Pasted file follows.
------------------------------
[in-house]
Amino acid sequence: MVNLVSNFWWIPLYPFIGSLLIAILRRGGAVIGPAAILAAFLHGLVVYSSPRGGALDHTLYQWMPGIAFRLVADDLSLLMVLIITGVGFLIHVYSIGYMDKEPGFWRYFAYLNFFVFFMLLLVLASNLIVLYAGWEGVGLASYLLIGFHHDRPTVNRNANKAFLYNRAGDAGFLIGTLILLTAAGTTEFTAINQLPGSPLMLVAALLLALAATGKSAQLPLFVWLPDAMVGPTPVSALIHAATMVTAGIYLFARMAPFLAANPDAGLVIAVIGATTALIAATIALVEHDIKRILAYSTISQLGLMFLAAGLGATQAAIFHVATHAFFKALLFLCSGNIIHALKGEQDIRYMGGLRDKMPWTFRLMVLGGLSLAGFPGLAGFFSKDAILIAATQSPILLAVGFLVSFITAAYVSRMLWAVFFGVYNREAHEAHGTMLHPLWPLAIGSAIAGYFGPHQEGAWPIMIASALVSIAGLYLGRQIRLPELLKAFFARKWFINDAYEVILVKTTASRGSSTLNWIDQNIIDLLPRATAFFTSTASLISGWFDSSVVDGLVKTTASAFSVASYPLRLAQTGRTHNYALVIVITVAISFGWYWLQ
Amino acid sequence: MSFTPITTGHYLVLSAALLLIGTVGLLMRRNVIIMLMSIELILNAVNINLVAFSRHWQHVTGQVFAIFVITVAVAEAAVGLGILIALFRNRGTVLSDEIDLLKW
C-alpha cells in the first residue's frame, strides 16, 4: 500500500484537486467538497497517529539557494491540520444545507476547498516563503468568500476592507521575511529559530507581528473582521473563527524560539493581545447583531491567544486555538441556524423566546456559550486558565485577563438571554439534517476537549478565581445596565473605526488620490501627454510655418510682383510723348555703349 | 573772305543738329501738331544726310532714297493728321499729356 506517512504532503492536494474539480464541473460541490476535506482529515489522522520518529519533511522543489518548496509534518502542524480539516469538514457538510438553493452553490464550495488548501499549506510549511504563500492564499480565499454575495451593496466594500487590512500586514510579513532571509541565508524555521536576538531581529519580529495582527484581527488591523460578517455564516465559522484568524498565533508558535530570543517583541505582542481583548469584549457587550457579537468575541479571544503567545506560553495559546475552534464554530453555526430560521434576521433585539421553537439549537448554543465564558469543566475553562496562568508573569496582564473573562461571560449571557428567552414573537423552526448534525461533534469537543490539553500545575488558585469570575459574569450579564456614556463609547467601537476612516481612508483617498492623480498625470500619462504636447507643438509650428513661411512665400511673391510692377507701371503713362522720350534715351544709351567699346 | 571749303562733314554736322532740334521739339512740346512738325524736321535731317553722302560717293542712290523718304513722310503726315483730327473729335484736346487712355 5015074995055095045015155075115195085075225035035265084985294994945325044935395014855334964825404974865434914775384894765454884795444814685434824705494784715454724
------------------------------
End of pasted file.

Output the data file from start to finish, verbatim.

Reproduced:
[in-house]
Amino acid sequence: MVNLVSNFWWIPLYPFIGSLLIAILRRGGAVIGPAAILAAFLHGLVVYSSPRGGALDHTLYQWMPGIAFRLVADDLSLLMVLIITGVGFLIHVYSIGYMDKEPGFWRYFAYLNFFVFFMLLLVLASNLIVLYAGWEGVGLASYLLIGFHHDRPTVNRNANKAFLYNRAGDAGFLIGTLILLTAAGTTEFTAINQLPGSPLMLVAALLLALAATGKSAQLPLFVWLPDAMVGPTPVSALIHAATMVTAGIYLFARMAPFLAANPDAGLVIAVIGATTALIAATIALVEHDIKRILAYSTISQLGLMFLAAGLGATQAAIFHVATHAFFKALLFLCSGNIIHALKGEQDIRYMGGLRDKMPWTFRLMVLGGLSLAGFPGLAGFFSKDAILIAATQSPILLAVGFLVSFITAAYVSRMLWAVFFGVYNREAHEAHGTMLHPLWPLAIGSAIAGYFGPHQEGAWPIMIASALVSIAGLYLGRQIRLPELLKAFFARKWFINDAYEVILVKTTASRGSSTLNWIDQNIIDLLPRATAFFTSTASLISGWFDSSVVDGLVKTTASAFSVASYPLRLAQTGRTHNYALVIVITVAISFGWYWLQ
Amino acid sequence: MSFTPITTGHYLVLSAALLLIGTVGLLMRRNVIIMLMSIELILNAVNINLVAFSRHWQHVTGQVFAIFVITVAVAEAAVGLGILIALFRNRGTVLSDEIDLLKW
C-alpha cells in the first residue's frame, strides 16, 4: 500500500484537486467538497497517529539557494491540520444545507476547498516563503468568500476592507521575511529559530507581528473582521473563527524560539493581545447583531491567544486555538441556524423566546456559550486558565485577563438571554439534517476537549478565581445596565473605526488620490501627454510655418510682383510723348555703349 | 573772305543738329501738331544726310532714297493728321499729356 506517512504532503492536494474539480464541473460541490476535506482529515489522522520518529519533511522543489518548496509534518502542524480539516469538514457538510438553493452553490464550495488548501499549506510549511504563500492564499480565499454575495451593496466594500487590512500586514510579513532571509541565508524555521536576538531581529519580529495582527484581527488591523460578517455564516465559522484568524498565533508558535530570543517583541505582542481583548469584549457587550457579537468575541479571544503567545506560553495559546475552534464554530453555526430560521434576521433585539421553537439549537448554543465564558469543566475553562496562568508573569496582564473573562461571560449571557428567552414573537423552526448534525461533534469537543490539553500545575488558585469570575459574569450579564456614556463609547467601537476612516481612508483617498492623480498625470500619462504636447507643438509650428513661411512665400511673391510692377507701371503713362522720350534715351544709351567699346 | 571749303562733314554736322532740334521739339512740346512738325524736321535731317553722302560717293542712290523718304513722310503726315483730327473729335484736346487712355 5015074995055095045015155075115195085075225035035265084985294994945325044935395014855334964825404974865434914775384894765454884795444814685434824705494784715454724